A technology that removes carbon dioxide from the air has received significant backing from major fossil fuel companies.
British Columbia-based Carbon Engineering has shown that it can extract CO2 in a cost-effective way. It has now been boosted by $68m in new investment from Chevron, Occidental and coal giant BHP. But climate campaigners are worried that the technology will be used to extract even more oil.
The quest for technology for carbon dioxide removal (CDR) from the air received significant scientific endorsement last year with the publication of the IPCC report on keeping the rise in global temperatures to 1.5C this century.
In their “summary for policymakers”, the scientists stated that: “All pathways that limit global warming to 1.5C with limited or no overshoot project the use of CDR …over the 21st century.”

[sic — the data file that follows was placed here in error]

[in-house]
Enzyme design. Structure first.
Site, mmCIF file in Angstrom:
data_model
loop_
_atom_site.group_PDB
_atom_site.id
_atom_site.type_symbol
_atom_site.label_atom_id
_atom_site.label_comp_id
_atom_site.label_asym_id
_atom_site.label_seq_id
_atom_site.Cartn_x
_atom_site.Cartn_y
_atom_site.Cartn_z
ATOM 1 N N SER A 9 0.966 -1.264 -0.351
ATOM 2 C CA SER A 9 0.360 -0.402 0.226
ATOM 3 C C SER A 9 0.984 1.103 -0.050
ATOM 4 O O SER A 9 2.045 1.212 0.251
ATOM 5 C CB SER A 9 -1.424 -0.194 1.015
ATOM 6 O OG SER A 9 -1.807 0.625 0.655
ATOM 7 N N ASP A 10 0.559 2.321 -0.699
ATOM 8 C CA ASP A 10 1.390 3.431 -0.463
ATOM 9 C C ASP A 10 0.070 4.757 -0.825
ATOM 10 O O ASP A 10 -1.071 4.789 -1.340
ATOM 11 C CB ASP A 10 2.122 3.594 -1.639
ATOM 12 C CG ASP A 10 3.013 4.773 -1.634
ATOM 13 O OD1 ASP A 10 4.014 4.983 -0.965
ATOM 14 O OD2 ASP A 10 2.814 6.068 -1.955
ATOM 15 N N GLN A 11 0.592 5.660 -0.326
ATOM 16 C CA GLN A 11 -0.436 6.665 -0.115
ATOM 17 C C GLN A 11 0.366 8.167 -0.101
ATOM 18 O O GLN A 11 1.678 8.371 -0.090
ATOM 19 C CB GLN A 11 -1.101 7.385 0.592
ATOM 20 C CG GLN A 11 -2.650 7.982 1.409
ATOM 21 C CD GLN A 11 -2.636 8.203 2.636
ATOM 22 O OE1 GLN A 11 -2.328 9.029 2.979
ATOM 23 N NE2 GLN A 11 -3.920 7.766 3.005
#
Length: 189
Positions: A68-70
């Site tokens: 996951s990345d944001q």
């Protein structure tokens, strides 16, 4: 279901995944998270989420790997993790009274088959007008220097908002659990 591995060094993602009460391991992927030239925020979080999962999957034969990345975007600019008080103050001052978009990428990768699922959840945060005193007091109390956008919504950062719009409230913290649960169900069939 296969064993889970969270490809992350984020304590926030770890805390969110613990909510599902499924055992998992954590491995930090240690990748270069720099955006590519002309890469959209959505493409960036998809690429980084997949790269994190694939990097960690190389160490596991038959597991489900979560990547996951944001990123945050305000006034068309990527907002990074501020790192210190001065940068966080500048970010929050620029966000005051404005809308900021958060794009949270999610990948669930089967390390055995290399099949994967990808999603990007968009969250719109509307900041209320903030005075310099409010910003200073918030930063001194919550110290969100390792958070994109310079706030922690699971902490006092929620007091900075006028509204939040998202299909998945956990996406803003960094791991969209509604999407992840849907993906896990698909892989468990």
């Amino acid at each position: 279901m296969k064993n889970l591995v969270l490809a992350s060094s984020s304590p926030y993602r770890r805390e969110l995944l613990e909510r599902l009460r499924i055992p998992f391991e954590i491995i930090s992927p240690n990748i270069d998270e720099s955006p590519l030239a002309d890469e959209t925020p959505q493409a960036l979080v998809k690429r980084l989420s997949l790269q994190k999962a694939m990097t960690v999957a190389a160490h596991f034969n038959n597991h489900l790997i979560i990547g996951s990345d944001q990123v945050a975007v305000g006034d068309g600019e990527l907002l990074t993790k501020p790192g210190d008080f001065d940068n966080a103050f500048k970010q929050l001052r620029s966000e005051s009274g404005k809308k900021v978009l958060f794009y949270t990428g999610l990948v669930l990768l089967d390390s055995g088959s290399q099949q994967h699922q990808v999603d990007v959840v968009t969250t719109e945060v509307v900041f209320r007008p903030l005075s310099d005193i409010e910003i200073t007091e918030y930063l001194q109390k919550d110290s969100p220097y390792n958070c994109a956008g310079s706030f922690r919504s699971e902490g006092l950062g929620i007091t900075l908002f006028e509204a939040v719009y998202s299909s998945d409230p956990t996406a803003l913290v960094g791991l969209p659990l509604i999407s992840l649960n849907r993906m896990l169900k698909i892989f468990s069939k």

Around the world, a number of companies are racing to develop the technology that can draw down carbon. Swiss company Climeworks is already capturing CO2 and using it to boost vegetable production.
Carbon Engineering says that its direct air capture (DAC) process is now able to capture the gas for under $100 a tonne.
With its new funding, the company plans to build its first commercial facilities. These industrial-scale DAC plants could capture up to one million tonnes of CO2 from the air each year.
CO2 is a powerful warming gas but there’s not a lot of it in the atmosphere – for every million particles of air, there are 410 of CO2.
While the CO2 is helping to drive temperatures up around the world, the comparatively low concentrations make it difficult to design efficient machines to remove the gas.
Carbon Engineering’s process is all about sucking in air and exposing it to a chemical solution that concentrates the CO2. Further refinements mean the gas can be purified into a form that can be stored or utilised as a liquid fuel.